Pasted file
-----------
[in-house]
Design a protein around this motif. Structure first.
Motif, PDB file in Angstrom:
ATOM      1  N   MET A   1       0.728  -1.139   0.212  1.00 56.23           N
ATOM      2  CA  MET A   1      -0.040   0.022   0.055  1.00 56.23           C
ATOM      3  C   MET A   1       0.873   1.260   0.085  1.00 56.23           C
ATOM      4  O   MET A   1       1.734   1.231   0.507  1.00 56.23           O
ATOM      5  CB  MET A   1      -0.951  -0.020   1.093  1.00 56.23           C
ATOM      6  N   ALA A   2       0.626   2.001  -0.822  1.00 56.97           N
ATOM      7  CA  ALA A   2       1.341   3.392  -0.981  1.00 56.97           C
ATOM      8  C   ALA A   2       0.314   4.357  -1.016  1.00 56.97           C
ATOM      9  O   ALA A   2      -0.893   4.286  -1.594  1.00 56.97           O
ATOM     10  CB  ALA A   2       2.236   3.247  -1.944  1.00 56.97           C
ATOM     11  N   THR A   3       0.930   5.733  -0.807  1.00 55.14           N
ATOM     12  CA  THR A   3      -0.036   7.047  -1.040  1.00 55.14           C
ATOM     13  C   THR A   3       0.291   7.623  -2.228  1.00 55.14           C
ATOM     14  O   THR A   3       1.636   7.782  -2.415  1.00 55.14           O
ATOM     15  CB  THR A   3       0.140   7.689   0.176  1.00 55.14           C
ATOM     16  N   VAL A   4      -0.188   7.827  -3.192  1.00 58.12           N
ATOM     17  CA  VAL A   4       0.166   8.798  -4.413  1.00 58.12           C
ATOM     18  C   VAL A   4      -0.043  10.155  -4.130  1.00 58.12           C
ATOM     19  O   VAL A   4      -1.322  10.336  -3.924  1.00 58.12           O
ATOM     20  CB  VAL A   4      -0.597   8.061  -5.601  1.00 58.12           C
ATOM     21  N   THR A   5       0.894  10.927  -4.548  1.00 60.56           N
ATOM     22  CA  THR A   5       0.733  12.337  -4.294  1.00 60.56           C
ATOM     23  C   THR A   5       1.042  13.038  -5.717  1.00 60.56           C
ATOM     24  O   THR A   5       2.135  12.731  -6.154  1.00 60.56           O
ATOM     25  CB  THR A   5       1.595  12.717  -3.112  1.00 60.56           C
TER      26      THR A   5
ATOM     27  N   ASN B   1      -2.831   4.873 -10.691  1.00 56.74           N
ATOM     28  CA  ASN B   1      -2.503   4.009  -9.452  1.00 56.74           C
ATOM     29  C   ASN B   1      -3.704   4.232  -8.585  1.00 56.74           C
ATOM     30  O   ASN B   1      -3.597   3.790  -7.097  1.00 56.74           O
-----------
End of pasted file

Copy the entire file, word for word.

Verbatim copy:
[in-house]
Design a protein around this motif. Structure first.
Motif, PDB file in Angstrom:
ATOM      1  N   MET A   1       0.728  -1.139   0.212  1.00 56.23           N
ATOM      2  CA  MET A   1      -0.040   0.022   0.055  1.00 56.23           C
ATOM      3  C   MET A   1       0.873   1.260   0.085  1.00 56.23           C
ATOM      4  O   MET A   1       1.734   1.231   0.507  1.00 56.23           O
ATOM      5  CB  MET A   1      -0.951  -0.020   1.093  1.00 56.23           C
ATOM      6  N   ALA A   2       0.626   2.001  -0.822  1.00 56.97           N
ATOM      7  CA  ALA A   2       1.341   3.392  -0.981  1.00 56.97           C
ATOM      8  C   ALA A   2       0.314   4.357  -1.016  1.00 56.97           C
ATOM      9  O   ALA A   2      -0.893   4.286  -1.594  1.00 56.97           O
ATOM     10  CB  ALA A   2       2.236   3.247  -1.944  1.00 56.97           C
ATOM     11  N   THR A   3       0.930   5.733  -0.807  1.00 55.14           N
ATOM     12  CA  THR A   3      -0.036   7.047  -1.040  1.00 55.14           C
ATOM     13  C   THR A   3       0.291   7.623  -2.228  1.00 55.14           C
ATOM     14  O   THR A   3       1.636   7.782  -2.415  1.00 55.14           O
ATOM     15  CB  THR A   3       0.140   7.689   0.176  1.00 55.14           C
ATOM     16  N   VAL A   4      -0.188   7.827  -3.192  1.00 58.12           N
ATOM     17  CA  VAL A   4       0.166   8.798  -4.413  1.00 58.12           C
ATOM     18  C   VAL A   4      -0.043  10.155  -4.130  1.00 58.12           C
ATOM     19  O   VAL A   4      -1.322  10.336  -3.924  1.00 58.12           O
ATOM     20  CB  VAL A   4      -0.597   8.061  -5.601  1.00 58.12           C
ATOM     21  N   THR A   5       0.894  10.927  -4.548  1.00 60.56           N
ATOM     22  CA  THR A   5       0.733  12.337  -4.294  1.00 60.56           C
ATOM     23  C   THR A   5       1.042  13.038  -5.717  1.00 60.56           C
ATOM     24  O   THR A   5       2.135  12.731  -6.154  1.00 60.56           O
ATOM     25  CB  THR A   5       1.595  12.717  -3.112  1.00 60.56           C
TER      26      THR A   5
ATOM     27  N   ASN B   1      -2.831   4.873 -10.691  1.00 56.74           N
ATOM     28  CA  ASN B   1      -2.503   4.009  -9.452  1.00 56.74           C
ATOM     29  C   ASN B   1      -3.704   4.232  -8.585  1.00 56.74           C
ATOM     30  O   ASN B   1      -3.597   3.790  -7.097  1.00 56.74           O